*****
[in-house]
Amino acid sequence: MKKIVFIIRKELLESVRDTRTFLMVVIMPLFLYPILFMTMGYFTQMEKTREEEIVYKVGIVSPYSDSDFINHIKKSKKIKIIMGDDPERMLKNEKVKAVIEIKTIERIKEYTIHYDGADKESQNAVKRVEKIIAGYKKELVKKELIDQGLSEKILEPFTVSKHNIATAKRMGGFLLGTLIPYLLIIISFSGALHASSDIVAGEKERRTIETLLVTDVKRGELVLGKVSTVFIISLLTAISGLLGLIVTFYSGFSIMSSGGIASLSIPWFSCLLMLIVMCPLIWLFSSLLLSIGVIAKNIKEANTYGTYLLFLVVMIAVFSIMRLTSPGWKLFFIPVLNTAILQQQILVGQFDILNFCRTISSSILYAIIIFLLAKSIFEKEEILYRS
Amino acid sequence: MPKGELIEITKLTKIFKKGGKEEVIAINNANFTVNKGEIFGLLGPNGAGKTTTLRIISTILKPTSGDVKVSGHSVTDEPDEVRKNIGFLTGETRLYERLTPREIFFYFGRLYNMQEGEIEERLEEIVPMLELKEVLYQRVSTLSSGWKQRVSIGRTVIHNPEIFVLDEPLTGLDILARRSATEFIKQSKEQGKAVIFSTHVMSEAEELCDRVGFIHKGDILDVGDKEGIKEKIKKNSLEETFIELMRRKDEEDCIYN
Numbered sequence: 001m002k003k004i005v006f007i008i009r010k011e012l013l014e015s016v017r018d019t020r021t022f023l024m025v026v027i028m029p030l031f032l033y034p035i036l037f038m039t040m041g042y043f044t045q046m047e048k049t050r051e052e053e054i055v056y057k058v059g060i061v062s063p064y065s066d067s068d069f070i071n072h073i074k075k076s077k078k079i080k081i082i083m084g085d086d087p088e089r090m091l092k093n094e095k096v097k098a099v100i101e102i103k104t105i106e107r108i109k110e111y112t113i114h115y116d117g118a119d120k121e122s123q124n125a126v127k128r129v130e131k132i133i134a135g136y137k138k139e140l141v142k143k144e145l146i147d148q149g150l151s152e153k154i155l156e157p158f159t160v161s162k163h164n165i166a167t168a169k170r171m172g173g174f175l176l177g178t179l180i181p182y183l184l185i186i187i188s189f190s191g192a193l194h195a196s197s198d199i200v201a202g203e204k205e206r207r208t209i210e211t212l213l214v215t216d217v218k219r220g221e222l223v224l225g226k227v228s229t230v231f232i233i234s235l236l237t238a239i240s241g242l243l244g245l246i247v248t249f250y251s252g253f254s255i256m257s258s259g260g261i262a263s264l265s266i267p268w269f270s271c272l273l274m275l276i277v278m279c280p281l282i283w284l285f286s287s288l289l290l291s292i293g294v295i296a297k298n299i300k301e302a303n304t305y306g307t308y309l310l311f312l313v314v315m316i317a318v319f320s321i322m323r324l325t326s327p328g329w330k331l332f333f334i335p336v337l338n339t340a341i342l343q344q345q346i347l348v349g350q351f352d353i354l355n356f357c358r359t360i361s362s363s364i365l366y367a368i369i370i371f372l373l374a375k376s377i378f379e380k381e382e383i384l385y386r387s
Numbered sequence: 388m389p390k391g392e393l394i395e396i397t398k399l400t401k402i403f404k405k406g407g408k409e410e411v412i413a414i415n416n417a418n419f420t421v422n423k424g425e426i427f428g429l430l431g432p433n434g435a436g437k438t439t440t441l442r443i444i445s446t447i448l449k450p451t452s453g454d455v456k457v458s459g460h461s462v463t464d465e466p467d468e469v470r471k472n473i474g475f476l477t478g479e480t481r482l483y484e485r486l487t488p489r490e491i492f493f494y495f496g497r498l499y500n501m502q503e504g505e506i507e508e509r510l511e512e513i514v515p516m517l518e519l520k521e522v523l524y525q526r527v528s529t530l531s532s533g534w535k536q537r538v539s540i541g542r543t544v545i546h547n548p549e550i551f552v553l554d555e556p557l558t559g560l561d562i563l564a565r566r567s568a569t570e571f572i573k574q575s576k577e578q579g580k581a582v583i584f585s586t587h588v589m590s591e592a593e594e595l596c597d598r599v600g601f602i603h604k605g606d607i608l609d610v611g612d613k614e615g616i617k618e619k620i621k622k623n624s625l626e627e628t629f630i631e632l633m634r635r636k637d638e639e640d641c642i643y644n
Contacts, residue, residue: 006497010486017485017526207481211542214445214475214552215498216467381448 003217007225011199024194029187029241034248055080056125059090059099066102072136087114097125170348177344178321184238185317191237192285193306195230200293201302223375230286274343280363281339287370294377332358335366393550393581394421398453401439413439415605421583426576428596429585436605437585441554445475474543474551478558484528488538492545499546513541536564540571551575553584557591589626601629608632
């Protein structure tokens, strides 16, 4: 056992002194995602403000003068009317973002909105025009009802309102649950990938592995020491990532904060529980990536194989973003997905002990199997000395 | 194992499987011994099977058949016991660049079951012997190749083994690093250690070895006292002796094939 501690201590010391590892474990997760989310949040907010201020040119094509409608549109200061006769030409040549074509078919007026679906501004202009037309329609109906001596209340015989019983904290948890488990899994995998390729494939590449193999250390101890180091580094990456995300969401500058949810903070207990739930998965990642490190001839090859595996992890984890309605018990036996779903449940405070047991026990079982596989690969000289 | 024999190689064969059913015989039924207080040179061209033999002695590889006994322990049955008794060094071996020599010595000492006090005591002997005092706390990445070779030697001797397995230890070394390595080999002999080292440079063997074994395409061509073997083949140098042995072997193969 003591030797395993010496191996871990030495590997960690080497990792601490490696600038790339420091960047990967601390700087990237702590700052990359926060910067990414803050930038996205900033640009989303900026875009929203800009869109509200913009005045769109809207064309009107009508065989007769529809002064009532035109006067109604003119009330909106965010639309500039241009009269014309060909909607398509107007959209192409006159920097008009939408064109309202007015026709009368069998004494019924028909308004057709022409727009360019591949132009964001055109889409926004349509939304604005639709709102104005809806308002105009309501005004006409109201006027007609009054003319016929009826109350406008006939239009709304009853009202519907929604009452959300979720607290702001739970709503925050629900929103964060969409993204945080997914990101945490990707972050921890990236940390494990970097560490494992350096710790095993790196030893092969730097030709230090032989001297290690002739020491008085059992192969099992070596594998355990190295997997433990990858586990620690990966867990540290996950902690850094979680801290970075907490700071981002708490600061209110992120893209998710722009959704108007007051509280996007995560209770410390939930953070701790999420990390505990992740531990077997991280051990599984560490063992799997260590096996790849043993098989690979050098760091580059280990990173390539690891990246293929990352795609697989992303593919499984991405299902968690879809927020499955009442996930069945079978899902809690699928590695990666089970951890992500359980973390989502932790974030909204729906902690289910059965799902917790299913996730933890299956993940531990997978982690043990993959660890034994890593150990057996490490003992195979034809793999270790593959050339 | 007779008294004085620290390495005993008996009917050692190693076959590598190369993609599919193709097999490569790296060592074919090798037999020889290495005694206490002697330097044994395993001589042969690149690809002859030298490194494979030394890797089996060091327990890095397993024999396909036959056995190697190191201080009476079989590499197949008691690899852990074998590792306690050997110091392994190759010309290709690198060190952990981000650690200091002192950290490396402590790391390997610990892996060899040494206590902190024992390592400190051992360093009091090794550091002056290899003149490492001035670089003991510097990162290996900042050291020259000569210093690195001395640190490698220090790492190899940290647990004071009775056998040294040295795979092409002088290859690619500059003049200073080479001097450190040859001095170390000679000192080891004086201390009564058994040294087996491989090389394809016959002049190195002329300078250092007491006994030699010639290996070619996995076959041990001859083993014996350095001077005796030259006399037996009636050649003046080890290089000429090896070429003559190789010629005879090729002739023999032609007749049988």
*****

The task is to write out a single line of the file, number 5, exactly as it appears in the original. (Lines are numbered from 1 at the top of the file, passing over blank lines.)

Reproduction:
Numbered sequence: 388m389p390k391g392e393l394i395e396i397t398k399l400t401k402i403f404k405k406g407g408k409e410e411v412i413a414i415n416n417a418n419f420t421v422n423k424g425e426i427f428g429l430l431g432p433n434g435a436g437k438t439t440t441l442r443i444i445s446t447i448l449k450p451t452s453g454d455v456k457v458s459g460h461s462v463t464d465e466p467d468e469v470r471k472n473i474g475f476l477t478g479e480t481r482l483y484e485r486l487t488p489r490e491i492f493f494y495f496g497r498l499y500n501m502q503e504g505e506i507e508e509r510l511e512e513i514v515p516m517l518e519l520k521e522v523l524y525q526r527v528s529t530l531s532s533g534w535k536q537r538v539s540i541g542r543t544v545i546h547n548p549e550i551f552v553l554d555e556p557l558t559g560l561d562i563l564a565r566r567s568a569t570e571f572i573k574q575s576k577e578q579g580k581a582v583i584f585s586t587h588v589m590s591e592a593e594e595l596c597d598r599v600g601f602i603h604k605g606d607i608l609d610v611g612d613k614e615g616i617k618e619k620i621k622k623n624s625l626e627e628t629f630i631e632l633m634r635r636k637d638e639e640d641c642i643y644n